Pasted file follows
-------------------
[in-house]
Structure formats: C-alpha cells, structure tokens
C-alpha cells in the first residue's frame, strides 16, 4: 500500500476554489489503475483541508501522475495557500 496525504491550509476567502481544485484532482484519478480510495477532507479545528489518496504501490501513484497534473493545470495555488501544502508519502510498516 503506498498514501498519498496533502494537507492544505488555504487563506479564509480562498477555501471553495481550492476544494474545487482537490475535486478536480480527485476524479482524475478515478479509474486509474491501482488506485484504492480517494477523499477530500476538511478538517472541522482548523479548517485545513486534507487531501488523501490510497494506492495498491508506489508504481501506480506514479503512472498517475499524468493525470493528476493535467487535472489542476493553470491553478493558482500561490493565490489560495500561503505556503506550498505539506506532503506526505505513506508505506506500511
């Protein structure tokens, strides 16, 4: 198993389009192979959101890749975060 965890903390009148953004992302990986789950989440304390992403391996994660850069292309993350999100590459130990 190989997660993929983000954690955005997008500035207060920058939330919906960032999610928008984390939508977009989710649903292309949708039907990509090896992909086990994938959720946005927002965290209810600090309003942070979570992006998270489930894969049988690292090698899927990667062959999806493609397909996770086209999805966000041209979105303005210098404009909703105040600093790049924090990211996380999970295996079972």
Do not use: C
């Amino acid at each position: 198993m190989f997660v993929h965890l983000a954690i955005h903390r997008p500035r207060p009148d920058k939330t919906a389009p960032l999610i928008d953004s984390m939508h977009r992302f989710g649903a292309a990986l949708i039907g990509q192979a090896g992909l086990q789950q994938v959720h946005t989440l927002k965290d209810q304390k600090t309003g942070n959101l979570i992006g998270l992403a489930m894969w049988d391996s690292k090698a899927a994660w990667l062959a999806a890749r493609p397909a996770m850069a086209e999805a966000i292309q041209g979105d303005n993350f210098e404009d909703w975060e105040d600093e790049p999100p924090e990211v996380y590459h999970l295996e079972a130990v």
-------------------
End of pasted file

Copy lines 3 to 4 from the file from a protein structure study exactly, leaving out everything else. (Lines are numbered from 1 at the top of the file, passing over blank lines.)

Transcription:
C-alpha cells in the first residue's frame, strides 16, 4: 500500500476554489489503475483541508501522475495557500 496525504491550509476567502481544485484532482484519478480510495477532507479545528489518496504501490501513484497534473493545470495555488501544502508519502510498516 503506498498514501498519498496533502494537507492544505488555504487563506479564509480562498477555501471553495481550492476544494474545487482537490475535486478536480480527485476524479482524475478515478479509474486509474491501482488506485484504492480517494477523499477530500476538511478538517472541522482548523479548517485545513486534507487531501488523501490510497494506492495498491508506489508504481501506480506514479503512472498517475499524468493525470493528476493535467487535472489542476493553470491553478493558482500561490493565490489560495500561503505556503506550498505539506506532503506526505505513506508505506506500511
């Protein structure tokens, strides 16, 4: 198993389009192979959101890749975060 965890903390009148953004992302990986789950989440304390992403391996994660850069292309993350999100590459130990 190989997660993929983000954690955005997008500035207060920058939330919906960032999610928008984390939508977009989710649903292309949708039907990509090896992909086990994938959720946005927002965290209810600090309003942070979570992006998270489930894969049988690292090698899927990667062959999806493609397909996770086209999805966000041209979105303005210098404009909703105040600093790049924090990211996380999970295996079972």